A good marketer has the skills, knows how to use the latest technology, and excels at planning and executing activities.
But what a good marketer often lacks is emotional intelligence.
Emotional intelligence is defined as, “The ability to perceive emotions, to access and generate emotions so as to assist thought, to understand emotions and emotional knowledge, and to reflectively regulate emotions so as to promote emotional and intellectual growth.”
I’d argue that overcoming barriers in emotional intelligence and having a strong emotional intelligence is what separates good marketers from great ones.
They have the ability to overcome navigate emotional challenges, especially those in the seemingly cold world of B2B marketing.
Take a look at these common signs that marketers aren’t emotionally intelligent, or they are simply forgetting to apply it to their work.
Tasks Dominate the Relationship
Obviously, every conversation between a brand and its customers will have the same end goal – a sale.
But for marketers with low emotional intelligence, this might mean that the content they create is insensitive to the needs of the prospect. It might sound too salesy, or focus on qualities the creator thinks are important, but the customers do not.
An emotionally intelligent marketer knows that thinking about the potential of the relationship between a brand and a lead opens up space for a better one.
Consider what you can do for them, what you can BE to them, instead of just thinking about how much money they could add to your bank account. Don’t let the end goal (or task) of selling overshadow an even healthier and more productive relationship.
Give Them Value Instead
Instead of letting the end task of selling overshadow the needs of the customer, practice creating content that caters to them.
This involves listening carefully to those in your space, then specifically creating content that is valuable to them.
Value comes from addressing a prospect’s specific needs. Maybe they tell you on their own, maybe you read their social feeds, perhaps you even ask them about their needs.
Help them solve their problems with both your content and your offering. By doing this, you’re creating a relationship where you provide something of value to them.
We’re Digitally Insensitive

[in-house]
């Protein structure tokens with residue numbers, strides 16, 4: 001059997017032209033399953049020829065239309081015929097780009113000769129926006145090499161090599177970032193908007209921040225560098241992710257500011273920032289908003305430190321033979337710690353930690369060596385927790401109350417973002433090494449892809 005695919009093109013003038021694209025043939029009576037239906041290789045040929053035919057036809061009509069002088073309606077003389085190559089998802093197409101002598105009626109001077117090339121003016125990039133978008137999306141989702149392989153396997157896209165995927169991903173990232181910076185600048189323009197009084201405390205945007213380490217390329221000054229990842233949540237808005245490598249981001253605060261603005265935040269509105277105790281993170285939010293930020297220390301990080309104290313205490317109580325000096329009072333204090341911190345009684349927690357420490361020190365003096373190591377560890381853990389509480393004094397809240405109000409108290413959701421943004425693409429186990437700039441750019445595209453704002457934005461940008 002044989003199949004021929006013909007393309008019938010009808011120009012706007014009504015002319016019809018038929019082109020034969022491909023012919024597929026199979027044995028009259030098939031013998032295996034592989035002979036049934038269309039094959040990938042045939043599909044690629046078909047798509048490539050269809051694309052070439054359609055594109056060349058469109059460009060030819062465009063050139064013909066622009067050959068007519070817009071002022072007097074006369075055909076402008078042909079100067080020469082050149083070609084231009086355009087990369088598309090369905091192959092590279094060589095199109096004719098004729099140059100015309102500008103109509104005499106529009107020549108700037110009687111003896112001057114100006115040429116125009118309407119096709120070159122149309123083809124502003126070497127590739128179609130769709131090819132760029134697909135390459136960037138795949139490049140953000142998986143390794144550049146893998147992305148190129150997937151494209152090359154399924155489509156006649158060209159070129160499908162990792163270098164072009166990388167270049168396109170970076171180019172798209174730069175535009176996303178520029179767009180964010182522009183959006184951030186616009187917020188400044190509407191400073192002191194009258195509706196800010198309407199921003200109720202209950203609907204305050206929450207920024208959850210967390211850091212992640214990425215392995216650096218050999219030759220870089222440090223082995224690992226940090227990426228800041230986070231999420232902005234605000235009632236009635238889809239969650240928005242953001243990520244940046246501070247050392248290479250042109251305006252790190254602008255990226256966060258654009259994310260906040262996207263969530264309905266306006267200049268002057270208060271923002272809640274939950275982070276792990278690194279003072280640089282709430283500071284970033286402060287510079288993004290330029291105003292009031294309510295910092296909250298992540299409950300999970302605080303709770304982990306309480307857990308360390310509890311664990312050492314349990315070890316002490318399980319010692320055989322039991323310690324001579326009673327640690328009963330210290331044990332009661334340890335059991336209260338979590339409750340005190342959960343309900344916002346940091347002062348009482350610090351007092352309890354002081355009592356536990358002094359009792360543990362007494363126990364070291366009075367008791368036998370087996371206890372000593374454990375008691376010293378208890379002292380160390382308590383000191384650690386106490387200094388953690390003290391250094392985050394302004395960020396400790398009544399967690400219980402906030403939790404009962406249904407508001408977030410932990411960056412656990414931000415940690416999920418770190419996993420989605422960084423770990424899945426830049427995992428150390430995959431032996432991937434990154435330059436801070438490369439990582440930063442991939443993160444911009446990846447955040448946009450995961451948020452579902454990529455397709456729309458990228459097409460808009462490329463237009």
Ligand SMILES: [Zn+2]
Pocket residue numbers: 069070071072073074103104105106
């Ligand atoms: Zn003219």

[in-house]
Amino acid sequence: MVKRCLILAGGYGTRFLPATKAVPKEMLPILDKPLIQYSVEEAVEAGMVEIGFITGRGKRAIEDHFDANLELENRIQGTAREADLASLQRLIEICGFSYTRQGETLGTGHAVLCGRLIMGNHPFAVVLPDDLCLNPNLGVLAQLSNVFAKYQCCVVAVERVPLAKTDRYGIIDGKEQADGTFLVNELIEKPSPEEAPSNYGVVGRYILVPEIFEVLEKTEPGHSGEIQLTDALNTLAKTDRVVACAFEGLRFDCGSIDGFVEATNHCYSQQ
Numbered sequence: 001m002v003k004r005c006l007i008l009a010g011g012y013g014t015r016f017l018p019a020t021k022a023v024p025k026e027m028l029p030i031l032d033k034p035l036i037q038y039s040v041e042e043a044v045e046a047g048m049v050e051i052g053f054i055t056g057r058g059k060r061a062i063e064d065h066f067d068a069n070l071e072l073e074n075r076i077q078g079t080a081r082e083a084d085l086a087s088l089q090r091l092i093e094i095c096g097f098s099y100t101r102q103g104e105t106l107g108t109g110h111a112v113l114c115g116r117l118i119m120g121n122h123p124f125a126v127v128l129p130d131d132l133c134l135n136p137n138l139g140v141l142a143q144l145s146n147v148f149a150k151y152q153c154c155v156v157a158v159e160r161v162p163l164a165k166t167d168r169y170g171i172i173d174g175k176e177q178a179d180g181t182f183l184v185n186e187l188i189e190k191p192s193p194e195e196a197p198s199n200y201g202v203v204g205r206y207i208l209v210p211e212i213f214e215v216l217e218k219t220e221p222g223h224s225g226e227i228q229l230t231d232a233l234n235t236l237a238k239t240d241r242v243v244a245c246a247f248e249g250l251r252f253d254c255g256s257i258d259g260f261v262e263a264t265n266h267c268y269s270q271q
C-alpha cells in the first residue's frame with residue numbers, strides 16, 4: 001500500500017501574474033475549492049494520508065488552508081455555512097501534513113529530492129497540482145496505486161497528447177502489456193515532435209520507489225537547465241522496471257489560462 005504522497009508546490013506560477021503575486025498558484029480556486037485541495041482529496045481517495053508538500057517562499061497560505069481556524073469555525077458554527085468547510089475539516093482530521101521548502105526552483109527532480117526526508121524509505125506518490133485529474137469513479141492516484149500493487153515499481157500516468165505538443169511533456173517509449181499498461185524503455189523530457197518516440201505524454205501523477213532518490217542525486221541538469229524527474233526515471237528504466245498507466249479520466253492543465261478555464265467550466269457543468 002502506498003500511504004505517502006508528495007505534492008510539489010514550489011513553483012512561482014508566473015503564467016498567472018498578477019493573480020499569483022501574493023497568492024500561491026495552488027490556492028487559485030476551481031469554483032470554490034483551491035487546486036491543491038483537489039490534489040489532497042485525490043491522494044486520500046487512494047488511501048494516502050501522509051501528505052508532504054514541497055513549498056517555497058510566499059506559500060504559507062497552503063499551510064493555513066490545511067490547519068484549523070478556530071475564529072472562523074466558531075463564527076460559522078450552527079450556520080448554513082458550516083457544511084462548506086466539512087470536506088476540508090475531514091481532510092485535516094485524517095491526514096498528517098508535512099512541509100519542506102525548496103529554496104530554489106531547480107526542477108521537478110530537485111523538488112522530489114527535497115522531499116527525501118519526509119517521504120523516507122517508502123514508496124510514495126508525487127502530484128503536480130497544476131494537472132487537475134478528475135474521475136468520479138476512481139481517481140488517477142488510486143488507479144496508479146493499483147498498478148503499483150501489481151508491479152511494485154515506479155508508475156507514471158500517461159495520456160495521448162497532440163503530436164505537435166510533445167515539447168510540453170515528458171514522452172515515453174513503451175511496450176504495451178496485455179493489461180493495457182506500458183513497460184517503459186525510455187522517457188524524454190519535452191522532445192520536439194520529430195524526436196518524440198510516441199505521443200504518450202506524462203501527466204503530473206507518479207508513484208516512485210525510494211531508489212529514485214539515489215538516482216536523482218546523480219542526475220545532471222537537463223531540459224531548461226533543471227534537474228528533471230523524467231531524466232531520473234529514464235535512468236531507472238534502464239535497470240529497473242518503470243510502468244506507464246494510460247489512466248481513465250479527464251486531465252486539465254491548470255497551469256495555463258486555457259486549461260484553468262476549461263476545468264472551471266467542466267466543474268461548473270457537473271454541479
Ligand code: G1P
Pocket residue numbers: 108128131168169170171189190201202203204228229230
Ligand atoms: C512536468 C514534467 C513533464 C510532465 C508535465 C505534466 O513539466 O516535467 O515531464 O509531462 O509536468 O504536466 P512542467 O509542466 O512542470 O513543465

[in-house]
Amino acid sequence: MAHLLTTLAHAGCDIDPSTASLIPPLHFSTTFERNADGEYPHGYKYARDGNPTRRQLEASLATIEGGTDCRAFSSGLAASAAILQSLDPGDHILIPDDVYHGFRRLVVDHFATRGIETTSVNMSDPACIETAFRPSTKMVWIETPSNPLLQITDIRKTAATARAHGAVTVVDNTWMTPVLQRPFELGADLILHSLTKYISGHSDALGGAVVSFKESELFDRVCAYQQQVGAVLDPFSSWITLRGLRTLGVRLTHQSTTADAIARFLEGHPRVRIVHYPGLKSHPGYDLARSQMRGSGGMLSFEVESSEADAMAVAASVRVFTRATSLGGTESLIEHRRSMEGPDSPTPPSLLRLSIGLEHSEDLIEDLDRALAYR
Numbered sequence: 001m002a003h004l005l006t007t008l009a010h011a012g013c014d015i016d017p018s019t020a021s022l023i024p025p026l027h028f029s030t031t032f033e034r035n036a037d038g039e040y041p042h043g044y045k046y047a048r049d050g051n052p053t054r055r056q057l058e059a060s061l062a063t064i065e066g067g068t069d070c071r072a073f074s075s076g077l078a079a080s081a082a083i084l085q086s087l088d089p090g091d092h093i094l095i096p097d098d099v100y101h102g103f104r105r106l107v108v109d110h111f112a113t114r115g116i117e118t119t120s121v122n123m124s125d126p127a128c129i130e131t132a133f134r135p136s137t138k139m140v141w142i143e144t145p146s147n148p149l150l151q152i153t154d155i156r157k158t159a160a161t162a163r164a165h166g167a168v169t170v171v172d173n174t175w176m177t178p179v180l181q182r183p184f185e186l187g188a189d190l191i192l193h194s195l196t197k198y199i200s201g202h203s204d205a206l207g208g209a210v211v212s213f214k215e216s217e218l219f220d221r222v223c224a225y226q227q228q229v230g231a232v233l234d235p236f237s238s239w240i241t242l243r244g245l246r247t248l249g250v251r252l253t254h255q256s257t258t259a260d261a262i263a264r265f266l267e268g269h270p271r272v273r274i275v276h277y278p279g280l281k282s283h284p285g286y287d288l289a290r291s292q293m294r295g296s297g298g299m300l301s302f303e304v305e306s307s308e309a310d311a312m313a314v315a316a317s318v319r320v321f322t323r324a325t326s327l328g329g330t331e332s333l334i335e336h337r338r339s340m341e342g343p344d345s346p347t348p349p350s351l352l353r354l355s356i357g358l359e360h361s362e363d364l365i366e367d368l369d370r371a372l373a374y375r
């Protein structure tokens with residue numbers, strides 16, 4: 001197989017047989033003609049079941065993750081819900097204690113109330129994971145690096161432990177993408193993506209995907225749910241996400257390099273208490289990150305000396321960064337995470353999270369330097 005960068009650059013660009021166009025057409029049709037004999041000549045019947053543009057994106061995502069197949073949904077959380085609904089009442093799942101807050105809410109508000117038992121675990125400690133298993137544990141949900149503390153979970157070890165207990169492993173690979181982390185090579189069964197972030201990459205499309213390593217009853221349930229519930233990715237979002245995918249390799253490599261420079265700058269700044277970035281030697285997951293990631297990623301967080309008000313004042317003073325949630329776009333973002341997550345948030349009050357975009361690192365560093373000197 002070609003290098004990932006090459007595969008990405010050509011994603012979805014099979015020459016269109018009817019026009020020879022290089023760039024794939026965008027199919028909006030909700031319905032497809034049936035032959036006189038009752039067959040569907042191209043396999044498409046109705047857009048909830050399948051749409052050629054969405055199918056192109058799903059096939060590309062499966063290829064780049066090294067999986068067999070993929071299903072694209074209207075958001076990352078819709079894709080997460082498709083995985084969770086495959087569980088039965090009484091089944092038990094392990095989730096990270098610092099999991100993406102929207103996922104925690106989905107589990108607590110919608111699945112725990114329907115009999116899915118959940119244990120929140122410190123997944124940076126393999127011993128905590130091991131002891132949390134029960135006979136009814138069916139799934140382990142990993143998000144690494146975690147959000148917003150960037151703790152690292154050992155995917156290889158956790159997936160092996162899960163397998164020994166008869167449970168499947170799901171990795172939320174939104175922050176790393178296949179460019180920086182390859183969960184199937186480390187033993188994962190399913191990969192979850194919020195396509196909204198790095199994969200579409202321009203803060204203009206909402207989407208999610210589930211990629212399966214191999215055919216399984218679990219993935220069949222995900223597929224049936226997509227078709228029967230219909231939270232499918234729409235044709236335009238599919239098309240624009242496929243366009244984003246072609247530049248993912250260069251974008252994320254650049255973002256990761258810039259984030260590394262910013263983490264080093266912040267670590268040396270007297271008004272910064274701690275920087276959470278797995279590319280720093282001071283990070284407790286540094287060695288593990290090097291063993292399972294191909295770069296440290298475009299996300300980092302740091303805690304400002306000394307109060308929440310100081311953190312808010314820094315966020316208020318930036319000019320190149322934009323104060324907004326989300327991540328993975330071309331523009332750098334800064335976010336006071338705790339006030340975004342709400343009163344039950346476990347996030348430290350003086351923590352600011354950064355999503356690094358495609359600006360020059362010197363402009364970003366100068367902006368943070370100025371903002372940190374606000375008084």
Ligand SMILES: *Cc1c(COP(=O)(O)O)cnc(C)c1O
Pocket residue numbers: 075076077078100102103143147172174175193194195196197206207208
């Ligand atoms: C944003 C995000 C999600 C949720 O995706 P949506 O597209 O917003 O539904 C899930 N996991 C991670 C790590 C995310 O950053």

In person, it is easy to know when to stop talking. You read the body language of the person you are speaking with. If they start to shift around, look away, or glaze over, you know that it’s time to switch the topic or stop talking entirely.
Getting that feedback is harder in the digital realm. You have to watch for more subtle signs like lack of engagement, and hope you catch those early signs before you lose a lead entirely.
We Forget to Listen
Sometimes, marketers get so busy talking, they forget to listen. Pay attention your leads’ likes, dislikes, and needs.
Take note of the language they use and the stuff they like outside of work.
Even better, ask your leads questions. See what they want from your brand, what needs that you can fill. Asking questions and listening to the answers is a sure sign of emotional intelligence and your marketing will be better for it.
This can be accomplished through surveys and asking questions in relevant communities. A sure sign of emotional intelligence in a marketer is when they leaves the conversation open with their leads.
We Avoid Hard Conversations
It’s hard to really engage a lead late funnel.
You must ask them, “Are you ready for a phone call?”
Or something similar.
These are hard questions to ask. Because the answer is very clearly yes or no.
Emotionally intelligent marketers breeze through this by waiting until the lead is ready before moving them to the next stage of the pipeline. They then ask the questions in a tactful way, to avoid making the lead nervous or angry.
Be empathic with your leads and make sure to not press them too hard.
Emotional intelligence makes the marketer.
Be sensitive to the thoughts, feelings, and words of your leads. Consider how your messaging makes them feel when they receive it. Are they overwhelmed? Sad? Angry? Or excited to receive your content?
Use testing and analytics to determine this. Then tailor your results accordingly.
In the end, those wielding a decent amount of emotional intelligence are going to forge better connections and those, in turn, develop into better relationships.
In what instances have you really connected with your audience? Do you think those instances are due to emotional intelligence? Let us know what you think in the comments section.